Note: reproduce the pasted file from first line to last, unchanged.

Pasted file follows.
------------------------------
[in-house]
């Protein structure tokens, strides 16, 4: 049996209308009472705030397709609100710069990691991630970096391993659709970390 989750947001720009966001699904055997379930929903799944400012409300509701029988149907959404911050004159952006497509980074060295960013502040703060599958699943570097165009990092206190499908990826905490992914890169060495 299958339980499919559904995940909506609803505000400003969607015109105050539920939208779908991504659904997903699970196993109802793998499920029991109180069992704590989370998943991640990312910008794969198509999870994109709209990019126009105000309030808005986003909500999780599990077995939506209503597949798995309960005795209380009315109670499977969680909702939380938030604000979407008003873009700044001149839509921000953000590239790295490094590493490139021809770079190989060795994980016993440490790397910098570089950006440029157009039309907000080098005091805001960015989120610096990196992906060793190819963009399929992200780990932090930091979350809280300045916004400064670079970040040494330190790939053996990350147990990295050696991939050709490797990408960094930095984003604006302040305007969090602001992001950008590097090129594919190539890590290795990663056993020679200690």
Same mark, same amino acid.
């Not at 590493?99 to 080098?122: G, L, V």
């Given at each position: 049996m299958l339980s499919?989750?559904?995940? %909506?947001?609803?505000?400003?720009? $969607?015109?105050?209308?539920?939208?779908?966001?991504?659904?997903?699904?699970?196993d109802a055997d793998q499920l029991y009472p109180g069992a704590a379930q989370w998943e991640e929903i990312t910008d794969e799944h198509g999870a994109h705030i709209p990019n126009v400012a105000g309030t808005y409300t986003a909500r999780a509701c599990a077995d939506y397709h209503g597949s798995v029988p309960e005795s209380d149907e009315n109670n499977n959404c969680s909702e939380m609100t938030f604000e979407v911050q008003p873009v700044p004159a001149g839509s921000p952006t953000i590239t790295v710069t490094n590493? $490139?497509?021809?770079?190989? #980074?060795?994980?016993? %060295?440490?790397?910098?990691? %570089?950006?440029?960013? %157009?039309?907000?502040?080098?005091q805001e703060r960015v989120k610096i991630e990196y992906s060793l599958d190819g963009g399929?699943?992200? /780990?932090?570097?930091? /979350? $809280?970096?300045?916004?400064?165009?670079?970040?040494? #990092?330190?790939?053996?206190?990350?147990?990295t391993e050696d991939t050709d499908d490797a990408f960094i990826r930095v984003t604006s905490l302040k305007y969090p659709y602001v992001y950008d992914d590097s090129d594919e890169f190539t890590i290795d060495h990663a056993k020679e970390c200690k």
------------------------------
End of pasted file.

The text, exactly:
[in-house]
């Protein structure tokens, strides 16, 4: 049996209308009472705030397709609100710069990691991630970096391993659709970390 989750947001720009966001699904055997379930929903799944400012409300509701029988149907959404911050004159952006497509980074060295960013502040703060599958699943570097165009990092206190499908990826905490992914890169060495 299958339980499919559904995940909506609803505000400003969607015109105050539920939208779908991504659904997903699970196993109802793998499920029991109180069992704590989370998943991640990312910008794969198509999870994109709209990019126009105000309030808005986003909500999780599990077995939506209503597949798995309960005795209380009315109670499977969680909702939380938030604000979407008003873009700044001149839509921000953000590239790295490094590493490139021809770079190989060795994980016993440490790397910098570089950006440029157009039309907000080098005091805001960015989120610096990196992906060793190819963009399929992200780990932090930091979350809280300045916004400064670079970040040494330190790939053996990350147990990295050696991939050709490797990408960094930095984003604006302040305007969090602001992001950008590097090129594919190539890590290795990663056993020679200690």
Same mark, same amino acid.
């Not at 590493?99 to 080098?122: G, L, V």
């Given at each position: 049996m299958l339980s499919?989750?559904?995940? %909506?947001?609803?505000?400003?720009? $969607?015109?105050?209308?539920?939208?779908?966001?991504?659904?997903?699904?699970?196993d109802a055997d793998q499920l029991y009472p109180g069992a704590a379930q989370w998943e991640e929903i990312t910008d794969e799944h198509g999870a994109h705030i709209p990019n126009v400012a105000g309030t808005y409300t986003a909500r999780a509701c599990a077995d939506y397709h209503g597949s798995v029988p309960e005795s209380d149907e009315n109670n499977n959404c969680s909702e939380m609100t938030f604000e979407v911050q008003p873009v700044p004159a001149g839509s921000p952006t953000i590239t790295v710069t490094n590493? $490139?497509?021809?770079?190989? #980074?060795?994980?016993? %060295?440490?790397?910098?990691? %570089?950006?440029?960013? %157009?039309?907000?502040?080098?005091q805001e703060r960015v989120k610096i991630e990196y992906s060793l599958d190819g963009g399929?699943?992200? /780990?932090?570097?930091? /979350? $809280?970096?300045?916004?400064?165009?670079?970040?040494? #990092?330190?790939?053996?206190?990350?147990?990295t391993e050696d991939t050709d499908d490797a990408f960094i990826r930095v984003t604006s905490l302040k305007y969090p659709y602001v992001y950008d992914d590097s090129d594919e890169f190539t890590i290795d060495h990663a056993k020679e970390c200690k």